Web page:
Cloud ERP a Must Have for Supply Chains and Industry 4.0 Post-pandemic
The way forward is to digitalise supply chains. Prior to the pandemic, Asia Pacific has been a bit of a laggard in supply chain digitalisation. This has been mainly due to the continent’s supply chain and logistics network being highly fragmented. Fortunately, this is a good time to fix the supply chain problem as there is an increasing willingness to embrace change and innovation.
A digital supply chain is more resilient and agile. It can, apart from keeping track of inventory and raw materials supply, also provide risk analysis and run simulations so that users can anticipate, understand, and mitigate supply chain shocks. This feeds directly into the requirements of Industry 4.0, which manufacturers in the region are adopting. The focus of Industry 4.0 is to change the production processes within the factory premises with AI, big data, the Internet of Things (IoT) and robotics. This cannot be done in isolation. To be successful, an Industry 4.0 manufacturing unit must also include an agile and digital supply chain that has the flexibility to ensure that production is not disrupted.
Digital supply chains, which are part of a cloud enterprise resource planning (ERP) solution, are the way forward. ABI Research forecasts that post-pandemic manufacturers will spend more on cloud ERP software to develop agile and flexible supply chains that can react to unexpected emergencies. According to the research agency, spending on cloud ERP software directly related to COVID-19 is expected to reach US$14 billion in 2024.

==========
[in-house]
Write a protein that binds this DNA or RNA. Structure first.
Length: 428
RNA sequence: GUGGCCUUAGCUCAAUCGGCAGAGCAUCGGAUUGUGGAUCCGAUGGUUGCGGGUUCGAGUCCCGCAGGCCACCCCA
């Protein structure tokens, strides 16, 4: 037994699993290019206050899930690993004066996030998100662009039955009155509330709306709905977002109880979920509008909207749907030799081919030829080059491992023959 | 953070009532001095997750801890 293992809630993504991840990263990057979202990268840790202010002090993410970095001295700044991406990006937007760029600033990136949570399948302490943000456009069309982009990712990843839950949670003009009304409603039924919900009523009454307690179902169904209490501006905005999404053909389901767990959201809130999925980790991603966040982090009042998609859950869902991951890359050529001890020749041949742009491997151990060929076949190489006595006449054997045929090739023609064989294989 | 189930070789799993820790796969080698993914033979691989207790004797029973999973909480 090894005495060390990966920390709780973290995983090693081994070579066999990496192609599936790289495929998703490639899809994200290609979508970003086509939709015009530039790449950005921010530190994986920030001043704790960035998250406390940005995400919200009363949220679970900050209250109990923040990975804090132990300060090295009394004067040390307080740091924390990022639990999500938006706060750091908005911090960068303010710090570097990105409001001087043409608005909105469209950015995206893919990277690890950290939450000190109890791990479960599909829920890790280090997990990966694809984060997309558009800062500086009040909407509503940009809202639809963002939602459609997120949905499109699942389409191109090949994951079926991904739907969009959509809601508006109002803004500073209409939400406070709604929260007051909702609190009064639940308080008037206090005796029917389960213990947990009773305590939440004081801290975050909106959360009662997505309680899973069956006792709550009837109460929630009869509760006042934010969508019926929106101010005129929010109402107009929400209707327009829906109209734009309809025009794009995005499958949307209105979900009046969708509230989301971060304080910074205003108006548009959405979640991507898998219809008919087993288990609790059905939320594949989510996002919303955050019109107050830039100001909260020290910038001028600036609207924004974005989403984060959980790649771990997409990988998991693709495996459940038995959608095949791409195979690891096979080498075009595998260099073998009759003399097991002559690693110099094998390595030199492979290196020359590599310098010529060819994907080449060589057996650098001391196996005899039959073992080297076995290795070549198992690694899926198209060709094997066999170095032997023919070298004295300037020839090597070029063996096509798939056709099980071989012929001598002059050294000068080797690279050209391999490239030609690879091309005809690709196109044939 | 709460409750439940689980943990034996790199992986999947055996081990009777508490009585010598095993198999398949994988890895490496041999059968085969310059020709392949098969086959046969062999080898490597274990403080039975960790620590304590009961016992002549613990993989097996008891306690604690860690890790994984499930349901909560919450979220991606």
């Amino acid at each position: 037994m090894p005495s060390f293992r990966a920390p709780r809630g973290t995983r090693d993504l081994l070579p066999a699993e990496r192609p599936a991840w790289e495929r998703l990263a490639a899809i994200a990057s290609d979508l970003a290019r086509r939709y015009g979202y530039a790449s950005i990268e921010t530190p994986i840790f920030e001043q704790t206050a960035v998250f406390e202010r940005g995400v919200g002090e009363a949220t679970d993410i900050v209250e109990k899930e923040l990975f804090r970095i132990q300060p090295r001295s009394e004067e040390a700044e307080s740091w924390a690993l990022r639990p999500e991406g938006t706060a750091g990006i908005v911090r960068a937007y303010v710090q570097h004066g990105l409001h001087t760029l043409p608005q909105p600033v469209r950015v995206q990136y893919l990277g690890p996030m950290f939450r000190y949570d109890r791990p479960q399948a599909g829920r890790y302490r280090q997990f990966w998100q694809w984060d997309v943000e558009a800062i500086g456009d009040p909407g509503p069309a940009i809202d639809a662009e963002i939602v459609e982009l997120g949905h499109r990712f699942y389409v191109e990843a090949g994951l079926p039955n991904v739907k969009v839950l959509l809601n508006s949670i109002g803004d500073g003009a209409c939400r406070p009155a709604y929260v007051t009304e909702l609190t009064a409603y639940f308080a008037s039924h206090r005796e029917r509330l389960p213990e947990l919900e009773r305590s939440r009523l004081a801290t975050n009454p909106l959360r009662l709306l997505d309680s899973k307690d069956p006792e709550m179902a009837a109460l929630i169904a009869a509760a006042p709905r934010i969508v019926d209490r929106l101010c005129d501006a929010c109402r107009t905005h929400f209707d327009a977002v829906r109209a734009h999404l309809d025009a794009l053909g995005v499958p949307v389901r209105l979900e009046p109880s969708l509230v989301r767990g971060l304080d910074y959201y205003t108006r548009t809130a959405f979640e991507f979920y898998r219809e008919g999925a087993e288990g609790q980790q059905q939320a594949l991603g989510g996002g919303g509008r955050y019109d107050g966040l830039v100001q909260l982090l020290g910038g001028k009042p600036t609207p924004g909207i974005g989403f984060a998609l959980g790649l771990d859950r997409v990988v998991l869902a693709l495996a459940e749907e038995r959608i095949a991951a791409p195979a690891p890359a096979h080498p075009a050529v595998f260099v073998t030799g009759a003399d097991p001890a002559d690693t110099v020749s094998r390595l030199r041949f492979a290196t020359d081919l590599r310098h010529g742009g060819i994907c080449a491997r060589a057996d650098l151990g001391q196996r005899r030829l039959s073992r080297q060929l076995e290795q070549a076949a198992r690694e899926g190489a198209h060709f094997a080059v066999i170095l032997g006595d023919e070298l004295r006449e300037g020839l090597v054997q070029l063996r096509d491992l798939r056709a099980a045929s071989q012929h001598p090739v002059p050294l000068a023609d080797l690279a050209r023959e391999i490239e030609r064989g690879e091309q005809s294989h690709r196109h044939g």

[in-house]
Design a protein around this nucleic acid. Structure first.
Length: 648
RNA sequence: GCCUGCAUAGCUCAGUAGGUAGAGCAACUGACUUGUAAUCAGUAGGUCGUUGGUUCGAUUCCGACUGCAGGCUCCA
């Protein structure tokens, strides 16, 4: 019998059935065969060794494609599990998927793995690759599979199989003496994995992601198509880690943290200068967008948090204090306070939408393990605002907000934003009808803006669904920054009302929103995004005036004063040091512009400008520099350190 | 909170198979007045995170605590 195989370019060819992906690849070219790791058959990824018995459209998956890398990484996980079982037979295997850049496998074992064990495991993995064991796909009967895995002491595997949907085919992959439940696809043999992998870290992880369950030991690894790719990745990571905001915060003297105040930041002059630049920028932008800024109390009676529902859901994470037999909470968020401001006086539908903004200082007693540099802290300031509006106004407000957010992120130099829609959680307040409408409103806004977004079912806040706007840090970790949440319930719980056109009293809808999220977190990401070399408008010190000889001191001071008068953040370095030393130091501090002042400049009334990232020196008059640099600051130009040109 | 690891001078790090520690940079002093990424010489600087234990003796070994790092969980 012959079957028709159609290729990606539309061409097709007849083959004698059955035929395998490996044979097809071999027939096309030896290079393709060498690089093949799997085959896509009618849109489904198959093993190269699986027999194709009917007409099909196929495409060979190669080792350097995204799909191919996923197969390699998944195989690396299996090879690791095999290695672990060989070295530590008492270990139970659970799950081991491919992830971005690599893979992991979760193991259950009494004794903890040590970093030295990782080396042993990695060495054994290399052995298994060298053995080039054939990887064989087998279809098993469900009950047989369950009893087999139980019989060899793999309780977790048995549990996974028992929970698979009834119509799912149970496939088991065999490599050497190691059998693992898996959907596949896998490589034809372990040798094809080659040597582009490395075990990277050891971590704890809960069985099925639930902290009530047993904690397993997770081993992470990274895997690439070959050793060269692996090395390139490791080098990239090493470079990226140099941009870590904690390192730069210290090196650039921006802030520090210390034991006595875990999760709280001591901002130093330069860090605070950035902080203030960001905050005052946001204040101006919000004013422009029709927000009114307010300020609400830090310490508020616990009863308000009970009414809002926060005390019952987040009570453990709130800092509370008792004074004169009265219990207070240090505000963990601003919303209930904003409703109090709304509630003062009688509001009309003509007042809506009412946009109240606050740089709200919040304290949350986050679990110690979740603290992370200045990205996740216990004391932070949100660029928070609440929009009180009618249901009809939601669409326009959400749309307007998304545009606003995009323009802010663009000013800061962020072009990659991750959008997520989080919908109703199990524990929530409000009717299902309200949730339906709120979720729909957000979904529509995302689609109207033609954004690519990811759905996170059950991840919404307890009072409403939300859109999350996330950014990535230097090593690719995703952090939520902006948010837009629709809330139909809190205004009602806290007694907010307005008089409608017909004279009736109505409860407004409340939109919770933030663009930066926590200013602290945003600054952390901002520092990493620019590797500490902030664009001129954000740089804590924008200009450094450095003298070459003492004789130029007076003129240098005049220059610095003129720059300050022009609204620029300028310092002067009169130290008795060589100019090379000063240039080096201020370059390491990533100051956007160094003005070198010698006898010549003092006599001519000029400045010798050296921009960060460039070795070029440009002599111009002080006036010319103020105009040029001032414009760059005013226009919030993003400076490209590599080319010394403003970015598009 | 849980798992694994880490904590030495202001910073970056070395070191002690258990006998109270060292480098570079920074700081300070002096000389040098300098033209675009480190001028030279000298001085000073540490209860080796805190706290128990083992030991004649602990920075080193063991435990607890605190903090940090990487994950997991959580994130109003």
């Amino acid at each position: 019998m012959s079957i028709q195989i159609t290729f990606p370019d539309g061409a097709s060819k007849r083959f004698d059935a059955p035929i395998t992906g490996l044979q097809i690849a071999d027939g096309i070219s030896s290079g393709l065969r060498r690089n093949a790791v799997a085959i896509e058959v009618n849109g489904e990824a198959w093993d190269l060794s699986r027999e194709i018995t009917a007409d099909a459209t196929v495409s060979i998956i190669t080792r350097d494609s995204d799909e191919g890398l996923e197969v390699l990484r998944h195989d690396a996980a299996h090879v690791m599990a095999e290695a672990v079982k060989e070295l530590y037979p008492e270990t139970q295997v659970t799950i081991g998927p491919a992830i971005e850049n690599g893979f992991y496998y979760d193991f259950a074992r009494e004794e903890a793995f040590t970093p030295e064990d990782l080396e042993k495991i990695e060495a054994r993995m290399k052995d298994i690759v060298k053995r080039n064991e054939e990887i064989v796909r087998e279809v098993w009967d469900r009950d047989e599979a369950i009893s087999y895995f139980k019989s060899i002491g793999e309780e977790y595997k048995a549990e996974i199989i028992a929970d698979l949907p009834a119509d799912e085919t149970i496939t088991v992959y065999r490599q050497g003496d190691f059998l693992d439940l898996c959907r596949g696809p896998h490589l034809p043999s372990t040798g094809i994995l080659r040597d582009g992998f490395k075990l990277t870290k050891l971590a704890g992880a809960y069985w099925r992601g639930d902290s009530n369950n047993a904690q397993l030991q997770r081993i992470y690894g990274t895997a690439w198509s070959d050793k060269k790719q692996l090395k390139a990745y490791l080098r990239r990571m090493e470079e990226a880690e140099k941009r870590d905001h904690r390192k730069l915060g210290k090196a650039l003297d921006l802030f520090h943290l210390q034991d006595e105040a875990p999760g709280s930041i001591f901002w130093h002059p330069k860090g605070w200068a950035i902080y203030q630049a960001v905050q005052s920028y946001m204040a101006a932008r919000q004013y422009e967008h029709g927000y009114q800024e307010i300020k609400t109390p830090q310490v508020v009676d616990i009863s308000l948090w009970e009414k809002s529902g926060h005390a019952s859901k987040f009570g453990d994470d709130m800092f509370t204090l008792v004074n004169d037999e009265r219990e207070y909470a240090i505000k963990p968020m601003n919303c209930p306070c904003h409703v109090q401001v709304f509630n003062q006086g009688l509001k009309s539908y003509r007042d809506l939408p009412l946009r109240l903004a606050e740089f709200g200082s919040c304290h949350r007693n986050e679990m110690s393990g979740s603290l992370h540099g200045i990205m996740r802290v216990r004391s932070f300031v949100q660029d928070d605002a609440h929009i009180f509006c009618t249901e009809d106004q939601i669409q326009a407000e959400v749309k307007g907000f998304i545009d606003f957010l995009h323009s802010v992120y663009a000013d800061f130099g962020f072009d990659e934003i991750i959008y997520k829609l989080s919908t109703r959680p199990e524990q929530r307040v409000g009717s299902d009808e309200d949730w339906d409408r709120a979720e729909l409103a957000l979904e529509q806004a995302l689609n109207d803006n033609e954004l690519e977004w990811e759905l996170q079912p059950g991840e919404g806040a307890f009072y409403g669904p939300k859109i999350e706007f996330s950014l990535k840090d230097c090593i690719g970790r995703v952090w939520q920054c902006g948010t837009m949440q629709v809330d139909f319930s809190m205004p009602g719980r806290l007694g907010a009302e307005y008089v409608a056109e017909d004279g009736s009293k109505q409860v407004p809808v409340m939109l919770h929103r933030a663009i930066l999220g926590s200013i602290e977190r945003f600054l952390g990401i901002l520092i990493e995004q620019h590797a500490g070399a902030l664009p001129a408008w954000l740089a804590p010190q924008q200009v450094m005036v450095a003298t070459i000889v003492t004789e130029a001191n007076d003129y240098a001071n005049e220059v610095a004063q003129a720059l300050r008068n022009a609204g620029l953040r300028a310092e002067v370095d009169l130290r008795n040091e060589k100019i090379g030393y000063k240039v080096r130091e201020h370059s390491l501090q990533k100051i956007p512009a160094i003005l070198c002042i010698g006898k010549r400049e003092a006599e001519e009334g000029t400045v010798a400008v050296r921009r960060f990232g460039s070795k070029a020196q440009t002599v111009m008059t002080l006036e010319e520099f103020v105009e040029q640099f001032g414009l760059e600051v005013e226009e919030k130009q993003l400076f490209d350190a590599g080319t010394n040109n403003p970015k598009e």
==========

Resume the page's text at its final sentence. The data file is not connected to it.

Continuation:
Cloud-based Supply Chain Management for Greater Agility
For an agile SCM solution, a cloud subscription makes better sense because such a subscription enables the SCM business to easily add services, scale up on infrastructure and continually be on the latest version of the software due to automatic updates. This can help create a superior SCM process, which includes planning, purchasing, procurement and execution, monitoring and maintenance, and measurement and assessment.
According to an Oxford Economics Study, while all supply chains are vulnerable to risks in a global economy, execution on clear strategic objectives – supported by the correct tools and tactics to mitigate risk and minimise complexity – will make such events more manageable. A highly collaborative company culture with good visibility and real-time insights into all aspects of the supply chain, including suppliers and sub-suppliers, can build resilience and agility to lessen the impact of risk events. The Oxford Economic Study recommends the following steps to help companies become supply chain leaders:
- Establish a consistent data flow from design to manufacturing, logistics, planning and maintenance functions
- Make the supply chain a key part of creating and acting on organisational strategy
- Focus on achieving visibility across the complete end-to-end supply chain, including suppliers and partners
- Leverage new technologies like machine learning, AI and IoT, and motivate employees to be part of the journey toward customer satisfaction